Confining hooks of snaps with confinement: classic

So we have a bug where a snap using classic confinement (conjure-up) is causing serious issues on the installed system. The details are here:

In that thread sabdfl suggested that we start confining the configure hook. I think we should think this through, both as an user experience and for how this is going to work technically. The way we build snaps with classic confinement now makes them incompatible with running under confinement. We have a special case for snap install --classic --jailmode but it’s not a general solution, it just makes a simple hello-world work.

The reported problem is not about hooks, but rather about a fundamental property of classic snaps: they are confined in a classic way! In other words, the application has complete access into the host system, which means every time you install a snap with the --classic flag, you need to fully trust the snap author to not screw up your system, exactly like you’d need to trust an author that made a classic .deb or .rpm package available.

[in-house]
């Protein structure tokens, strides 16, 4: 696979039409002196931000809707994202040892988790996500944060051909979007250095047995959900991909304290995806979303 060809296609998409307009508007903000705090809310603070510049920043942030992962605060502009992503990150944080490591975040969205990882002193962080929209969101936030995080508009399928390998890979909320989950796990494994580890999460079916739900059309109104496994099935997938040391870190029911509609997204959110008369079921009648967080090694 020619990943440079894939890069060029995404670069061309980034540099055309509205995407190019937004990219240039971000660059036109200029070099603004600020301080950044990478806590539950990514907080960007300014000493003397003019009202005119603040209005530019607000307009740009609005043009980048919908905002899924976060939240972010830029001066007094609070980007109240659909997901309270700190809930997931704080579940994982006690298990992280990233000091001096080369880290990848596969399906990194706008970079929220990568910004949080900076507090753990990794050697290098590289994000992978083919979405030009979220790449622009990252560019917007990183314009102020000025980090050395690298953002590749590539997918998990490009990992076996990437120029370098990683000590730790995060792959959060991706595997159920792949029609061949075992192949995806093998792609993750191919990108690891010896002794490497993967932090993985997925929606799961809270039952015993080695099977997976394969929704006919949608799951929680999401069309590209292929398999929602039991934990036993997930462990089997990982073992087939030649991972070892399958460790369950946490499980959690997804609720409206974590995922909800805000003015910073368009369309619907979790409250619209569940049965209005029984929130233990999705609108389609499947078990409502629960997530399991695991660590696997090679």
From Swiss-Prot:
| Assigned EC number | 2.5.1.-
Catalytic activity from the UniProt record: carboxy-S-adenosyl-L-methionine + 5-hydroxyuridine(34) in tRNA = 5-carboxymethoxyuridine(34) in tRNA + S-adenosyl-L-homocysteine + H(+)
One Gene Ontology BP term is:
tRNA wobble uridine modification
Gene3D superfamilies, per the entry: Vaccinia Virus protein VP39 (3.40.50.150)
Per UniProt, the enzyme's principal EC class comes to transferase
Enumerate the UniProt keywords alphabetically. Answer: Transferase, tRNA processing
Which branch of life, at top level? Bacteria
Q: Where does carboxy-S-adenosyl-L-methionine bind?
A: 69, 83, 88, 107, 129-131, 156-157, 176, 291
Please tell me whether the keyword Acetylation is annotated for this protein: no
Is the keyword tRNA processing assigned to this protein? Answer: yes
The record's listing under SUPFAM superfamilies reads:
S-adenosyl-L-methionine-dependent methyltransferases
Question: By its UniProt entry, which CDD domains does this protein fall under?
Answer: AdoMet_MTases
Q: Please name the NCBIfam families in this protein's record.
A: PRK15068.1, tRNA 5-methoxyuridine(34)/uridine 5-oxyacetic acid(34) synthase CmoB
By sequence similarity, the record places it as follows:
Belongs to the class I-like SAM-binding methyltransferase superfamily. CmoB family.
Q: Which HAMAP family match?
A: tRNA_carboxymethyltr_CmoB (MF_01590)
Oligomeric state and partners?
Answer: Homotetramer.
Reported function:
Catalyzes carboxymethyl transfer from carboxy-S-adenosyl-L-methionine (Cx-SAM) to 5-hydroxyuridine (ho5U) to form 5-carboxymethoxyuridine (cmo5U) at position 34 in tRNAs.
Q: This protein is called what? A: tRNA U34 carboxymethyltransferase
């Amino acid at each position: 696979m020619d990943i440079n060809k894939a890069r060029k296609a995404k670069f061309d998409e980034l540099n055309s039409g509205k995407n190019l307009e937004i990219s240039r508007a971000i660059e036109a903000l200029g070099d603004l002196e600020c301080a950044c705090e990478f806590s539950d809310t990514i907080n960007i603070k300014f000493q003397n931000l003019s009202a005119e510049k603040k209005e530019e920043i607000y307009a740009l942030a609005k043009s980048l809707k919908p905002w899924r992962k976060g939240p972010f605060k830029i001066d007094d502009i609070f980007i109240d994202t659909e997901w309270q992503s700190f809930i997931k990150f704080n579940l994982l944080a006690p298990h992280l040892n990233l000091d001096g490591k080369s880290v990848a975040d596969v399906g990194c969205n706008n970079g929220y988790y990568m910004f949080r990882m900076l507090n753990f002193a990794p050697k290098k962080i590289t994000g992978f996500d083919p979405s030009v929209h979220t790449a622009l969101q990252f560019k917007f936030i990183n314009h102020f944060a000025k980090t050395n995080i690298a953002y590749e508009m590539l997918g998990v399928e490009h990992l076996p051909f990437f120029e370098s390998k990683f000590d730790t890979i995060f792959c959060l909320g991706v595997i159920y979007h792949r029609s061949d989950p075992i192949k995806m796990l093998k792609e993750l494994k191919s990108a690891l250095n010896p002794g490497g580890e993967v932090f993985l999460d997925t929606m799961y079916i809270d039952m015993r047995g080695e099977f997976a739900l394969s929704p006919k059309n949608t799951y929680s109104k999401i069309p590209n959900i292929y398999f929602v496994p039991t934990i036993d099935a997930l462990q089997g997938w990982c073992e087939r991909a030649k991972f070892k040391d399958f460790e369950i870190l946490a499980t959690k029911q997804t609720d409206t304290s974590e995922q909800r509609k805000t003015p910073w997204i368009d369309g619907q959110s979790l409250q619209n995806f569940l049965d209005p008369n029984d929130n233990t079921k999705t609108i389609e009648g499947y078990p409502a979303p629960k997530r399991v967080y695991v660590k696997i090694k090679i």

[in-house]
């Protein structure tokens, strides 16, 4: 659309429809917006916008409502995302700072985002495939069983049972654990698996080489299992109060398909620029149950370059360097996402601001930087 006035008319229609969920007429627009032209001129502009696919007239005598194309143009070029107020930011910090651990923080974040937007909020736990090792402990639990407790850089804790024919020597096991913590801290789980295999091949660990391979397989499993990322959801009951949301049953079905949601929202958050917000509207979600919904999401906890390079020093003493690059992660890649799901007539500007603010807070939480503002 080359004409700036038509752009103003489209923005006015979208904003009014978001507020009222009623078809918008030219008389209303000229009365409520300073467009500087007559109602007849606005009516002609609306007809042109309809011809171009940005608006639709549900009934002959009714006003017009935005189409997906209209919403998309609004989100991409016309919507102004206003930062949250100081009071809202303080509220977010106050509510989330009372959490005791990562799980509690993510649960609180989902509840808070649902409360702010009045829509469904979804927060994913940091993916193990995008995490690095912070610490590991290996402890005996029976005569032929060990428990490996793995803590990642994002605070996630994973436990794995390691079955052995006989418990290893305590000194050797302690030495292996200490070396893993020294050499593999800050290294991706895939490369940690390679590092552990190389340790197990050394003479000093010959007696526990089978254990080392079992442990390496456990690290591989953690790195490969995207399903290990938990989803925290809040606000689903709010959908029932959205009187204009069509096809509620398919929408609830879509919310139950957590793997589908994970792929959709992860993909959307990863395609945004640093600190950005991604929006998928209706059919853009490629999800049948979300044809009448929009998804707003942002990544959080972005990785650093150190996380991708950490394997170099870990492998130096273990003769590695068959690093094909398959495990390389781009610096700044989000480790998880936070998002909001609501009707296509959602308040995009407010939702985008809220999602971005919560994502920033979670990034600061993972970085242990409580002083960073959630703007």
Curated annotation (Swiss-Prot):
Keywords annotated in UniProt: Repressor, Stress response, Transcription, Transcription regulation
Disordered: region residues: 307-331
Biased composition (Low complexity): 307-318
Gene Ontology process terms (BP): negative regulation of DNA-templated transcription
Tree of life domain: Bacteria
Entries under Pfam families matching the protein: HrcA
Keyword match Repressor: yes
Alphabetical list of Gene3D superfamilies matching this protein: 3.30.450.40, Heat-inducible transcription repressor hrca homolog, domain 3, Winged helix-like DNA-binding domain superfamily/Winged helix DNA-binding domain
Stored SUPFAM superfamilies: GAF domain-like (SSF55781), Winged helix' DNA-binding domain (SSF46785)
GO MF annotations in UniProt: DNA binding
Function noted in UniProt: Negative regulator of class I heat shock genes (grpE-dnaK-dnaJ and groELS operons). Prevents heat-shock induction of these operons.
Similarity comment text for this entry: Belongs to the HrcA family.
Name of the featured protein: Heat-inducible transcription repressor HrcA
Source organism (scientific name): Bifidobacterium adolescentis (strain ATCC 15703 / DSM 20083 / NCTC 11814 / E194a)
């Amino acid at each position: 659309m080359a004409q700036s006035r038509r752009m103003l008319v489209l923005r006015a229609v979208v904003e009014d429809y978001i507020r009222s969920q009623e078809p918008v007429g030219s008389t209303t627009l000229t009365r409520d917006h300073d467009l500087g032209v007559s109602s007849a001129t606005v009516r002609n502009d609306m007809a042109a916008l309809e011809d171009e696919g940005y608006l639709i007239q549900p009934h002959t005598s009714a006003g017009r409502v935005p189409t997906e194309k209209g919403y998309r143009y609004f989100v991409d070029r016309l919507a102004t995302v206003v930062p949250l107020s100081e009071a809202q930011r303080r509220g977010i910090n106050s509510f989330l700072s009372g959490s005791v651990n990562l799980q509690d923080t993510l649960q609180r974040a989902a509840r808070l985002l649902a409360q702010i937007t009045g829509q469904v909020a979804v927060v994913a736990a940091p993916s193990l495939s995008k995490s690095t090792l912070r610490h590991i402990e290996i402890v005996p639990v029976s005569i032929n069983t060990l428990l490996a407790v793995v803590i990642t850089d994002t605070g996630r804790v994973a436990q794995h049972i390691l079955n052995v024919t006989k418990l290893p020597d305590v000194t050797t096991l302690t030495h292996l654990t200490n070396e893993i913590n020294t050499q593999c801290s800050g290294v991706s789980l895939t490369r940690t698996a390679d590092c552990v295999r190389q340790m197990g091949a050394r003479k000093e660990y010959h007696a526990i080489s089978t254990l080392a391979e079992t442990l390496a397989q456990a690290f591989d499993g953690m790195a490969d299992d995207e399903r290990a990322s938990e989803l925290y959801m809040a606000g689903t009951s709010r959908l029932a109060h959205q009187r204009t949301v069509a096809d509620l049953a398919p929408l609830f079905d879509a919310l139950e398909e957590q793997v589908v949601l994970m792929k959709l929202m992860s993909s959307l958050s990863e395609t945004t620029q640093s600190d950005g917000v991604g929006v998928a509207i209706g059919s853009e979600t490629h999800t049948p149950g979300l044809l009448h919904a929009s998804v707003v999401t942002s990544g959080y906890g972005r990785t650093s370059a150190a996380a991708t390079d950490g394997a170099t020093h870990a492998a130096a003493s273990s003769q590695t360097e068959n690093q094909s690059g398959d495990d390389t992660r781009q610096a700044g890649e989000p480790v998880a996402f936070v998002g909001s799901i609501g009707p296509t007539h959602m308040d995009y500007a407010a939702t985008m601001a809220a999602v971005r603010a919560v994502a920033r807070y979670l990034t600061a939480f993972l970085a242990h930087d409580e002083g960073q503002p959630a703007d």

Confining hooks will not fix the problem, since the snap as a whole is still able to do whatever it wants. Before we had configure hooks, people were simply running logic in their daemon commands, which is started on installation too.

In fact, changing the confinement rule of configure scripts will create a whole new class of problems, because the hook and the real system will be able to do different things.

The real solution to this problem is to use strict snaps. We know there’s some pain involved in getting pre-built binaries running fine under a strict snap, and I’ve been experimenting with a few ideas that should make most of the appeal of classic snaps go away. I’m hoping we can start working on this soon (and I need your help on that @zyga-snapd).

I would like to close that bug as “Invalid”. This is a bug in the snap.

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